Priced Out of the Market

Regulated? Diversified? Or merchant?

If you’re not familiar with these terms, they describe different types of electric utilities that have varying levels of investment risk.

And we’ve found new support from an unlikely quarter that merchants, or independent power producers (IPP), should be avoided by income investors at all costs.

IPPs are merchant generators that sell electricity in competitive power markets, which have seen prices plummet in recent years due to cheap natural gas and competition from renewables.

NRG Energy Inc.’s (NYSE: NRG) CEO Mauricio Gutierrez recently made a stark appraisal of the merchant-power business, telling Wall Street analysts that he believes “the IPP model is now obsolete and unable to create value over the long term.”

That’s a stunning admission from a man who runs one of the country’s largest IPPs, with more than 47,000 megawatts of generation. Indeed, we had to scrape our jaws off the desk after we read it.

Though we were shocked that the head of a merchant-power giant would concede that he’s soured on his company’s business model, we’ve been steering clear of IPPs for some time.

Subscribers to Investing Daily’s Utility Forecaster are already familiar with the laundry list of problems plaguing the merchant-power industry.

Naturally, Gutierrez has his own laundry list. The CEO noted that “changes in fuel mix, consumer preference, technological innovation, and increased distributed generation have put pressure on the traditional IPP model, particularly as commodity markets continue to weaken.” Got all that?

Of course, these market dynamics are affecting the utility space as a whole, not just IPPs. Indeed, we’ve covered these trends extensively in recent years.

And our view has long been that regulated utilities are superior to merchants in this environment because the stability afforded by regulation has given the sector time to respond to these changes.

To be sure, we had high hopes that NRG’s previous CEO, David Crane, might reinvent the merchant-power business by investing in new technologies such as rooftop solar and electric cars. But his efforts came too late and simply piled on more debt to a company operating in an incredibly challenging industry.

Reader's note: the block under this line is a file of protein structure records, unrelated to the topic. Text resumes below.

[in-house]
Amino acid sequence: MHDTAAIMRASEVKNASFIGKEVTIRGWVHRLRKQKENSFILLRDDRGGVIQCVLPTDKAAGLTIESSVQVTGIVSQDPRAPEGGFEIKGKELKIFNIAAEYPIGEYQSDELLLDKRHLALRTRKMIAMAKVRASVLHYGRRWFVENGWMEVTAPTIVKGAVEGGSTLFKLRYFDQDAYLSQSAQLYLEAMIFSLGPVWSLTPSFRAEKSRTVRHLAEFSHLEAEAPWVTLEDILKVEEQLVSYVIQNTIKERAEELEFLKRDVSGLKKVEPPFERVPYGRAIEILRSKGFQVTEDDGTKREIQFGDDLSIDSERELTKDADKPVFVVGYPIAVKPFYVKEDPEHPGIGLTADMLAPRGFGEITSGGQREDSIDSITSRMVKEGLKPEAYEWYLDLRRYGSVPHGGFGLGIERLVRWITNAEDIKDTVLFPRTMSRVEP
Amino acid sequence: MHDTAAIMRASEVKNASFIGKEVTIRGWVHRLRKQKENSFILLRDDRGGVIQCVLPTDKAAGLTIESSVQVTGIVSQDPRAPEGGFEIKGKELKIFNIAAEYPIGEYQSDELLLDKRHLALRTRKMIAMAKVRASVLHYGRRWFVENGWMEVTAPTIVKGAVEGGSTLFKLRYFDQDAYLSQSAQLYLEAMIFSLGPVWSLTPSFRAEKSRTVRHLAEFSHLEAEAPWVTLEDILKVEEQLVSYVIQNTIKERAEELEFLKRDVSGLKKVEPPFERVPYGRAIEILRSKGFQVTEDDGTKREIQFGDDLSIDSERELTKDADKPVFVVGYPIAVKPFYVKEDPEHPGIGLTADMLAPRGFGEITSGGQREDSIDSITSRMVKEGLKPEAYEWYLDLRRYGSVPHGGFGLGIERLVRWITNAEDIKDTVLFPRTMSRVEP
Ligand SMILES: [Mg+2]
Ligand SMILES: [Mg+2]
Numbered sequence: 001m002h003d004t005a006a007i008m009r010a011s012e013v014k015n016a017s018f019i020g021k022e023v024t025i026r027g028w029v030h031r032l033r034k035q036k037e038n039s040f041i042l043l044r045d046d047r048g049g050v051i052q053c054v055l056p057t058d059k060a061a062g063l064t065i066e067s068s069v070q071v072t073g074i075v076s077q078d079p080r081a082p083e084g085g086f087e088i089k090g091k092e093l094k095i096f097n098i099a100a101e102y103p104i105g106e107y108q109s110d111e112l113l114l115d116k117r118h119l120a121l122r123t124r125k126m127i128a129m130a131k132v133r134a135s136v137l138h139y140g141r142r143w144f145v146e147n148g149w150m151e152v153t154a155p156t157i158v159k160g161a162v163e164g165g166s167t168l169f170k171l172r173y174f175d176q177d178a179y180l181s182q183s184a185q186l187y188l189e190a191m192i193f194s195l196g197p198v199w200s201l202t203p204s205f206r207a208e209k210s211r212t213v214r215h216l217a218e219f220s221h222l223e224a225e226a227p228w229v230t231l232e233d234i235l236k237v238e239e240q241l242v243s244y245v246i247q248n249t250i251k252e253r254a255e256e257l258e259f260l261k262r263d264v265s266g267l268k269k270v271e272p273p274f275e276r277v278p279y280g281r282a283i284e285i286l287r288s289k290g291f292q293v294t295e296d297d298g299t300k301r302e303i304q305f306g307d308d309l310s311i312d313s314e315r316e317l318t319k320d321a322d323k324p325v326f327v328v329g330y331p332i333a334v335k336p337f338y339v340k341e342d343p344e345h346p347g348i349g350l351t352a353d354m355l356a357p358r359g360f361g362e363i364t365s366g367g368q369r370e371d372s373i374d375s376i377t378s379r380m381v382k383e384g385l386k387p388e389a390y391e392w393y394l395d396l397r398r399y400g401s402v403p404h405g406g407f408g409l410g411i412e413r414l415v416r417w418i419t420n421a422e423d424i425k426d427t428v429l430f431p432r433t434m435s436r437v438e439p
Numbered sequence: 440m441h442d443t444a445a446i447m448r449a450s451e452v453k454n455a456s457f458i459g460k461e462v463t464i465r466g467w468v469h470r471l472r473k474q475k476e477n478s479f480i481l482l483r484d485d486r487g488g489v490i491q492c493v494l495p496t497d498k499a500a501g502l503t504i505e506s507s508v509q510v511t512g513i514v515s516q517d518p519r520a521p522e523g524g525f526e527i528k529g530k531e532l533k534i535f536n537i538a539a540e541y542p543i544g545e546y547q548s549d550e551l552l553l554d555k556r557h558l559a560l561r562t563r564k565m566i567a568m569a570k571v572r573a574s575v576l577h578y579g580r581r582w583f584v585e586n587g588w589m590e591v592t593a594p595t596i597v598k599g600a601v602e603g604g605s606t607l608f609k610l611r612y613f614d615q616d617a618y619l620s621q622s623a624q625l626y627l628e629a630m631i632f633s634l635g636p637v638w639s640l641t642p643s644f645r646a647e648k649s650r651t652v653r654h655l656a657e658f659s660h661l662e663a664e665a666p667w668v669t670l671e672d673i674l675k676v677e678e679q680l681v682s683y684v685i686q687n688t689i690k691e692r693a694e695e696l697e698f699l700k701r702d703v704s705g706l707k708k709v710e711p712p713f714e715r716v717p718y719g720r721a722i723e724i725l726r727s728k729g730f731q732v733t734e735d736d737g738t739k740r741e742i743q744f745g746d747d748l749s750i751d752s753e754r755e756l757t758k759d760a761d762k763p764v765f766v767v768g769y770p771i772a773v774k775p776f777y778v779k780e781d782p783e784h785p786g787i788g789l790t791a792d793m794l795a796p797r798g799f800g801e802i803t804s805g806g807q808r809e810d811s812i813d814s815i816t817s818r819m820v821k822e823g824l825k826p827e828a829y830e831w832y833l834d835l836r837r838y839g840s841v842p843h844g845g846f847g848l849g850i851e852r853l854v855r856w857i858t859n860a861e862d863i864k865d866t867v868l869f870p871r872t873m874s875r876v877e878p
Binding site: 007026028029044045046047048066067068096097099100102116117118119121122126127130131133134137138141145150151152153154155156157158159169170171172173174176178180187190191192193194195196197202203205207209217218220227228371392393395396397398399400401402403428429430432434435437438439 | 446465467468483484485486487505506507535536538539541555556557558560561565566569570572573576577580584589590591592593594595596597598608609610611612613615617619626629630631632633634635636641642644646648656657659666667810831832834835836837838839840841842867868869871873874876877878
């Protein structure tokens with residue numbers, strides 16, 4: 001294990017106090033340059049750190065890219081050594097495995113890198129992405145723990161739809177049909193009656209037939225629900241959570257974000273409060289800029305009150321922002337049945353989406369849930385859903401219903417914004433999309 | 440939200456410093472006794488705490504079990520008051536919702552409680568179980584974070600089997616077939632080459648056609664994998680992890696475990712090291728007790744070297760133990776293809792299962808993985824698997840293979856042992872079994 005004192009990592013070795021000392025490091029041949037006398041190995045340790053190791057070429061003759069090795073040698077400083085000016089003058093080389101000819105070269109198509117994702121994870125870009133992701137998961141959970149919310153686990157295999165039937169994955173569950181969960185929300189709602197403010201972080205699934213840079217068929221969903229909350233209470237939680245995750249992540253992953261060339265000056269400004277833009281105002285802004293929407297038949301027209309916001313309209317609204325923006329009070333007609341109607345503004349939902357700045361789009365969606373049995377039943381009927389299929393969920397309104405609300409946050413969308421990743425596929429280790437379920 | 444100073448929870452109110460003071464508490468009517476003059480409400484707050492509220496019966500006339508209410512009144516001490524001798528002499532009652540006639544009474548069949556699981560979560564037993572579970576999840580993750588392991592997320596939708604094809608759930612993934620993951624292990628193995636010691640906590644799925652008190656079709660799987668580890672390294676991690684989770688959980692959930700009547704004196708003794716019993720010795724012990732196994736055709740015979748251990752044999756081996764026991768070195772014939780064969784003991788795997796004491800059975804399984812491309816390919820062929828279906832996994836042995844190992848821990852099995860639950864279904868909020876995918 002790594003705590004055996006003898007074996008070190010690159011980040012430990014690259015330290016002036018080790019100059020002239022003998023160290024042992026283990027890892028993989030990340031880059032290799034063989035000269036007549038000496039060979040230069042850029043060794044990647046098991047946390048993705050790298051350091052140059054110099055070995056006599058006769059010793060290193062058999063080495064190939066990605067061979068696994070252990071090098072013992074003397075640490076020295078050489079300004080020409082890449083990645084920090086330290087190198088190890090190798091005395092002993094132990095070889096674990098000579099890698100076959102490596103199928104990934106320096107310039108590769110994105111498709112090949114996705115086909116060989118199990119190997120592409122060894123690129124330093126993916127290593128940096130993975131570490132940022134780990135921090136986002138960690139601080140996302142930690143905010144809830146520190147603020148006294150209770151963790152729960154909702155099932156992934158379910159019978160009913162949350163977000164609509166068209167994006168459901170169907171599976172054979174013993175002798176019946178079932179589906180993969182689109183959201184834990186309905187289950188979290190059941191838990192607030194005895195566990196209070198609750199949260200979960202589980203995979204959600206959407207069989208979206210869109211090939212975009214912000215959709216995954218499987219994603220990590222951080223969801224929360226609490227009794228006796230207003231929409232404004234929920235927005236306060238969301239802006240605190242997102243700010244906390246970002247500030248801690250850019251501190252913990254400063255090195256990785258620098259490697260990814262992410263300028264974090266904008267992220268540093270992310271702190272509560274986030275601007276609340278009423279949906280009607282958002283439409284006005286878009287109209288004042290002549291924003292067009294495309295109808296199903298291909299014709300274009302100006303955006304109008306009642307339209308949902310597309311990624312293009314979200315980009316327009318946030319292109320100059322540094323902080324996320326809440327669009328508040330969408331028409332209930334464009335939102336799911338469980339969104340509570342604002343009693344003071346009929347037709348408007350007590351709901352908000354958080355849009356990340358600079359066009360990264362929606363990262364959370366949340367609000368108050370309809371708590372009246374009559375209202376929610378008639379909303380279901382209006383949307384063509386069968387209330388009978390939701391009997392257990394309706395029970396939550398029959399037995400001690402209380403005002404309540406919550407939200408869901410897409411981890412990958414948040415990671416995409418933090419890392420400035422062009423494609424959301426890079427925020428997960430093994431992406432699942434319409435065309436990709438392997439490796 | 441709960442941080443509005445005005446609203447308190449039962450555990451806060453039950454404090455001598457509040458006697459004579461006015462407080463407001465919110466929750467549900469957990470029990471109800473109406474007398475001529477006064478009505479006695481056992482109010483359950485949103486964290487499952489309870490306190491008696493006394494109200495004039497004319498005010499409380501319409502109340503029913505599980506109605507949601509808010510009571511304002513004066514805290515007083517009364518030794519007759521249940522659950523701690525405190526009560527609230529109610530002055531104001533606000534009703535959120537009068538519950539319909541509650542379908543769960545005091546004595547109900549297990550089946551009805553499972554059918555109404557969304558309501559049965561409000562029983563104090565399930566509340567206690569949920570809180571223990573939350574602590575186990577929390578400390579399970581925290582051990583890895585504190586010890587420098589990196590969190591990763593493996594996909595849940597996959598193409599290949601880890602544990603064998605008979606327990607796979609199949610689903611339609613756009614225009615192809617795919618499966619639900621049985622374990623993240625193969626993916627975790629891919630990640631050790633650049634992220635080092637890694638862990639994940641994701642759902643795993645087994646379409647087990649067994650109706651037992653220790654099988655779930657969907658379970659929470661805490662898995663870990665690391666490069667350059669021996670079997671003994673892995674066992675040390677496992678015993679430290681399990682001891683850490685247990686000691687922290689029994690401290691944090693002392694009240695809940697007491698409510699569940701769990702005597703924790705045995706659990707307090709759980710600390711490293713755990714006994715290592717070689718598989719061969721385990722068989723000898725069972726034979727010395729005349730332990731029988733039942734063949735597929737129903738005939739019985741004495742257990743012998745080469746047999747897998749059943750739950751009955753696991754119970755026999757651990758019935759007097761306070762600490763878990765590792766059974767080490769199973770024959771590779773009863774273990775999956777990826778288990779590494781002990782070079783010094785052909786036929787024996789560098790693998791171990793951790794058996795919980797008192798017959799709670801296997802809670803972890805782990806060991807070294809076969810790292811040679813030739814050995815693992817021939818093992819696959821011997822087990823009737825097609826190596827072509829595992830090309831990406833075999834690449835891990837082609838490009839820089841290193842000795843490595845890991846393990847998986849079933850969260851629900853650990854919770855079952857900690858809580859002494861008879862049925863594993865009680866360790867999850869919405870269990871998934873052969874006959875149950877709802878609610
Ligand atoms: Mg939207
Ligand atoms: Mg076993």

In fact, a little more than a year ago, Moody’s Investors Service revised its industry outlook for competitive power producers to negative, citing declining prices for power and natural gas.

At the same time, Moody’s announced a stable industry outlook for U.S. regulated utilities, underpinned by a continued expectation of a supportive regulatory environment.

Where IPPs Go, YieldCos Follow

Meanwhile, the so-called YieldCos that have attempted to put the IPP model on steroids have had mixed results since their debut a few years ago.

We’re still not yet convinced that YieldCos can deliver long-term value, though we’re warming up to NextEra Energy Partners LP (NYSE: NEE), which is backed by a utility super-giant.

But memories are still fresh of the previous NRG CEO’s own surprise admission that the YieldCo business model was “completely broken.” Yep, at the very least, NRG’s CEOs will be remembered for their candor.

Instead, we continue to believe that the most risk-averse income investors are served best by focusing on utilities with 100% regulated operations.

Those who are comfortable with a bit more risk could enjoy both growth and income from diversified utilities, particularly those using stable regulated operations to support their push into renewables.

We believe this hybrid business model will prove best at adapting to the rising-rate era. In fact, two such companies turned up on our list of the 10 utilities that are ready for higher rates.

Given Fed Chief Janet Yellen’s latest jawboning, you should probably check out our list before it’s too late.